When the ALS Ice Bucket Challenge took over our Facebook feeds last month, I was a bit uncomfortable. I’m generally suspect of altruistic efforts that seem more trendy than helpful (have we caught Kony yet?), but was at least relieved the ALS Association ended up raising an incredible sum of money. But that’s not what got me really uncomfortable about the Challenge.
Being obsessed with all things media, I instantly remembered an announcement from March: Facebook planned to push it’s ability to deliver autoplaying video to advertisers, effectively recreating television advertising for the mobile age. That is the type of advertising you can make a lot of money on.
But through the Spring, I didn’t see a ton of autoplaying Facebook videos. Most of the video I would see on Facebook was an embedded Youtube, or a Vine, or an Instagram, and it was rare someone I knew chose Facebook for spontaneous video creation, hosting and sharing.
That all changed with the Ice Bucket Challenge. The NY Times outlined the success: 17 million Ice Bucket videos uploaded, with 440 million people watching them over 10 billion times. That is insane. I completely support a competitor to Youtube, but there’s one thing that never sat well with me:
The first celebrity I noticed on my feed doing the challenge was Mark Zuckerberg. The day after Zuckerberg did it, it became a constant presence in Facebook’s top right trending bar. Every Ice Bucket post from anyone, even people whose posts I’ve never clicked on, started making it to the top of my feed. Zuck’s Ice Bucket challenge also surprised me because I can’t remember ever seeing a post from him before (and though I wish he was my friend, he’s not).
How exactly did Zuck’s Ice Bucket Challenge fit into the viral explosion? I can’t figure out how to pull the data on # of Ice Bucket Facebook Posts, but a quick Google Trend analysis is really interesting. Zuck’s challenge was on August 14th. Look at the trend line. It absolutely explodes right after. That’s virality that would make Jonah Peretti blush.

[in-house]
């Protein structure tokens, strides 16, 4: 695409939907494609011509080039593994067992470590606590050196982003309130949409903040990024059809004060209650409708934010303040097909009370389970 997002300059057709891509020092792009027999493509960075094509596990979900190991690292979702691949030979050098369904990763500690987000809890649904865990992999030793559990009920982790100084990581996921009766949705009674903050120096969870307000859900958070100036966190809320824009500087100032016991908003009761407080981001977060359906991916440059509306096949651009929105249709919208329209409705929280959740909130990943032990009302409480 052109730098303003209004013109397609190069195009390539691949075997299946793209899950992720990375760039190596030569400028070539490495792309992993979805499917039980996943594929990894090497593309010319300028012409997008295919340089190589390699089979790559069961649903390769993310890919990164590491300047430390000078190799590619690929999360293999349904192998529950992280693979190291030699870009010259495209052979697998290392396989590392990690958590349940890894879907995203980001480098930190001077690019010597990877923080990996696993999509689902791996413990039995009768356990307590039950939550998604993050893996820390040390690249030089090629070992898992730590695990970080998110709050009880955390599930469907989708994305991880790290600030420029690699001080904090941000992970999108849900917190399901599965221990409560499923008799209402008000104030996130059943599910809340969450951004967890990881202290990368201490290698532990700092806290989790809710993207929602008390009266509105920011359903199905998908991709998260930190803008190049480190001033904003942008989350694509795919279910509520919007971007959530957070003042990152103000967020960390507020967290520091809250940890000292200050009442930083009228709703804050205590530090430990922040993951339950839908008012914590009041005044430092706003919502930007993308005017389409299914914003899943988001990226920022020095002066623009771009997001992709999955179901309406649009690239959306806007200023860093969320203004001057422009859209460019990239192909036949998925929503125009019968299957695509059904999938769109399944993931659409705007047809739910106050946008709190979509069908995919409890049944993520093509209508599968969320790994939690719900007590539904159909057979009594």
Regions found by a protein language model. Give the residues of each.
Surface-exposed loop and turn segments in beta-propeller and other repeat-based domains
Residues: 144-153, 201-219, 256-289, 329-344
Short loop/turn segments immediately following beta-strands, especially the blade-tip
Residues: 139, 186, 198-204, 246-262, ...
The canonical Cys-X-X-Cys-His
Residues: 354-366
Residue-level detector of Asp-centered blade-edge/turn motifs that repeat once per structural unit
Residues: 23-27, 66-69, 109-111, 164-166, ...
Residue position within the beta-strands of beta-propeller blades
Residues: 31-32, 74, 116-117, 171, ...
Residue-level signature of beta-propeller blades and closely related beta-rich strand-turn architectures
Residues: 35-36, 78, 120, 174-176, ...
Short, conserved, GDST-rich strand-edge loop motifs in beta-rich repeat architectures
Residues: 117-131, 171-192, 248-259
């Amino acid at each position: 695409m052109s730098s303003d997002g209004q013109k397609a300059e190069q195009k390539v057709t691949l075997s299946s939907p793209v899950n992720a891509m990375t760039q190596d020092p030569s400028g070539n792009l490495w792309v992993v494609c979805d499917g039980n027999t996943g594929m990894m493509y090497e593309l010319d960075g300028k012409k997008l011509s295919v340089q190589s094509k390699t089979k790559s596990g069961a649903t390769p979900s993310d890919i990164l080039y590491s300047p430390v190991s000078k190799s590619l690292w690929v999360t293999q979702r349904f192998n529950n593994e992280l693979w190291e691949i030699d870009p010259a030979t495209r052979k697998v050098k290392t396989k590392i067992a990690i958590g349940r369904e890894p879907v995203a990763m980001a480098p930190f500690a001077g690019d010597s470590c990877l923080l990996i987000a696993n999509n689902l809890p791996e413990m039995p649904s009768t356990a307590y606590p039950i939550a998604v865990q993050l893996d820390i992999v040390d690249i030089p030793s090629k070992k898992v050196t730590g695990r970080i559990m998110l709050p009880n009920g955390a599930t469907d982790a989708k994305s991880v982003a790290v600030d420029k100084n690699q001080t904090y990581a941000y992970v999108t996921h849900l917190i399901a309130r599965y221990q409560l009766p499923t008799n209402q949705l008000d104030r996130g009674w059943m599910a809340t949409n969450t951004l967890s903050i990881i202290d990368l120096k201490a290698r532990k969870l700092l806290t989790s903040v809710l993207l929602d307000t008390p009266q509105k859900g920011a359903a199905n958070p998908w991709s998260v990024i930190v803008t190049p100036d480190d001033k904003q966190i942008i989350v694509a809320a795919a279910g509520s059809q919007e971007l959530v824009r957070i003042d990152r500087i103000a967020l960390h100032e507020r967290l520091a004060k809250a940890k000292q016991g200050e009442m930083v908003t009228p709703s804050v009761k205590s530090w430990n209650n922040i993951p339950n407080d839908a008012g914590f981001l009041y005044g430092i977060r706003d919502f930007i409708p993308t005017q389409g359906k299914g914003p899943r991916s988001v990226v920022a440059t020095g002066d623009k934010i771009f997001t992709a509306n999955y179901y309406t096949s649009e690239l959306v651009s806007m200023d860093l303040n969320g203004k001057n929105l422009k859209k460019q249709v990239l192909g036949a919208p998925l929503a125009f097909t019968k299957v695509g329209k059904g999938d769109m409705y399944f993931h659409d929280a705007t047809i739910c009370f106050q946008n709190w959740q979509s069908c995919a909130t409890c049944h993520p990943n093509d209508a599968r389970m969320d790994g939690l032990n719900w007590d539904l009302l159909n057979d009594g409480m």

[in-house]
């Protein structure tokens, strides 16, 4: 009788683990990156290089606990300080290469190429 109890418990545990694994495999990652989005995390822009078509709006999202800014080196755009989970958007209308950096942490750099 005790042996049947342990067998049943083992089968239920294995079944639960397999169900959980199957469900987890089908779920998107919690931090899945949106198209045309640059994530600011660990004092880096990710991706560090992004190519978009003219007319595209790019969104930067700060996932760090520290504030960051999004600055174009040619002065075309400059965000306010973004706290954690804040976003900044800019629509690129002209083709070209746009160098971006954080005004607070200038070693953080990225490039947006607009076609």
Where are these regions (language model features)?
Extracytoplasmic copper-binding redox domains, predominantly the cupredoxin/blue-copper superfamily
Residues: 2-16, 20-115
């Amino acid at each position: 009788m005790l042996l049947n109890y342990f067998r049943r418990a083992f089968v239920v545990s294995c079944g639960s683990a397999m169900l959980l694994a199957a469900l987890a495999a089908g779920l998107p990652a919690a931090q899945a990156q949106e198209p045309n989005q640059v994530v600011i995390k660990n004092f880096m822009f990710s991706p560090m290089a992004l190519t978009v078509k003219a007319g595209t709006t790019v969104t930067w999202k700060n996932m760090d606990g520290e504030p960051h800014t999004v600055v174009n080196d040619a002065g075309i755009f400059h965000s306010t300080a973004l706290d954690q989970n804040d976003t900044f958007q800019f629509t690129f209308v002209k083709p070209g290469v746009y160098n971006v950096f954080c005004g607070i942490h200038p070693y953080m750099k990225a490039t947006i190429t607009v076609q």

I wonder how it went down. I’m okay with the idea that Mark Zuckerberg was approached about a burgeoning trend that could get people comfortable both uploading, and experiencing, auto play video on Facebook, and could potentially do good for the world. A quick search makes it all seem pretty organic. Zuckerberg was challenged by Chris Christie, who was challenged by the Philadelphia 76ers owner, and the challenge seemed to be taking off among athletic executives (even Roger Goodell) on August 12th.
What I’m not okay with is if Facebook manipulated all of our feeds to fill them with Ice Bucket posts and Zuckerberg’s post was a well-coordinated start. There’s a constant debate among media types over the validity of Facebook’s algorithm, but this is the most suspicious to me yet.
Can Facebook completely control what enters our feed and end up creating trends that help further their long-term commercial needs? Was the ALS Ice Bucket Challenge artificially promoted by Facebook to encourage people to upload video and get comfortable with autoplay for eventually lucrative video ads? Does that not only compromise the entire user experience, does it mean brands paying for distribution on Facebook will always play second fiddle to “free” promotion if it benefits Facebook? The cynical MBA in me almost accepts this as a reality, and that trend line above seems to confirm it. But the longtime Facebook user just can’t get comfortable with that notion as it would kill the entire utility of the platform.
The only thing I can take away with certainty is I pray that Twitter doesn’t kill it’s pure, reverse chronological timeline.